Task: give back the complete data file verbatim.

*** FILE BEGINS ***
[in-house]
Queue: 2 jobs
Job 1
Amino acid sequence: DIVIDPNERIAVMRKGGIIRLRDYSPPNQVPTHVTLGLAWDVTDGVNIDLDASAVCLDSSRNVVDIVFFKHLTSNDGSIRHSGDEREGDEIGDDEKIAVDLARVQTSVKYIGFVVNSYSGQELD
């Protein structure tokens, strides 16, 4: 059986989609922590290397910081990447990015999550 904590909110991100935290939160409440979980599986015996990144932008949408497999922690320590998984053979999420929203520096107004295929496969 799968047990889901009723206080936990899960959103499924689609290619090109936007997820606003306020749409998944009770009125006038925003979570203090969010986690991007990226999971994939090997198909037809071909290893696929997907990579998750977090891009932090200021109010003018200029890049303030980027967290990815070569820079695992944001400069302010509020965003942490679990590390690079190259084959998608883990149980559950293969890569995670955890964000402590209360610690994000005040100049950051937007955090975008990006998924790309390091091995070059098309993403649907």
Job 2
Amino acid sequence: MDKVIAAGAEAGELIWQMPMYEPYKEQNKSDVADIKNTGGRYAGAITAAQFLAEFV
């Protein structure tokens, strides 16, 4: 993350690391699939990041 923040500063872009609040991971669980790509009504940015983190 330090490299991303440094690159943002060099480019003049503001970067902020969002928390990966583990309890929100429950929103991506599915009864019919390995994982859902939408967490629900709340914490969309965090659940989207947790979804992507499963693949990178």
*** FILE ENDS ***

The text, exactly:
[in-house]
Queue: 2 jobs
Job 1
Amino acid sequence: DIVIDPNERIAVMRKGGIIRLRDYSPPNQVPTHVTLGLAWDVTDGVNIDLDASAVCLDSSRNVVDIVFFKHLTSNDGSIRHSGDEREGDEIGDDEKIAVDLARVQTSVKYIGFVVNSYSGQELD
């Protein structure tokens, strides 16, 4: 059986989609922590290397910081990447990015999550 904590909110991100935290939160409440979980599986015996990144932008949408497999922690320590998984053979999420929203520096107004295929496969 799968047990889901009723206080936990899960959103499924689609290619090109936007997820606003306020749409998944009770009125006038925003979570203090969010986690991007990226999971994939090997198909037809071909290893696929997907990579998750977090891009932090200021109010003018200029890049303030980027967290990815070569820079695992944001400069302010509020965003942490679990590390690079190259084959998608883990149980559950293969890569995670955890964000402590209360610690994000005040100049950051937007955090975008990006998924790309390091091995070059098309993403649907």
Job 2
Amino acid sequence: MDKVIAAGAEAGELIWQMPMYEPYKEQNKSDVADIKNTGGRYAGAITAAQFLAEFV
């Protein structure tokens, strides 16, 4: 993350690391699939990041 923040500063872009609040991971669980790509009504940015983190 330090490299991303440094690159943002060099480019003049503001970067902020969002928390990966583990309890929100429950929103991506599915009864019919390995994982859902939408967490629900709340914490969309965090659940989207947790979804992507499963693949990178």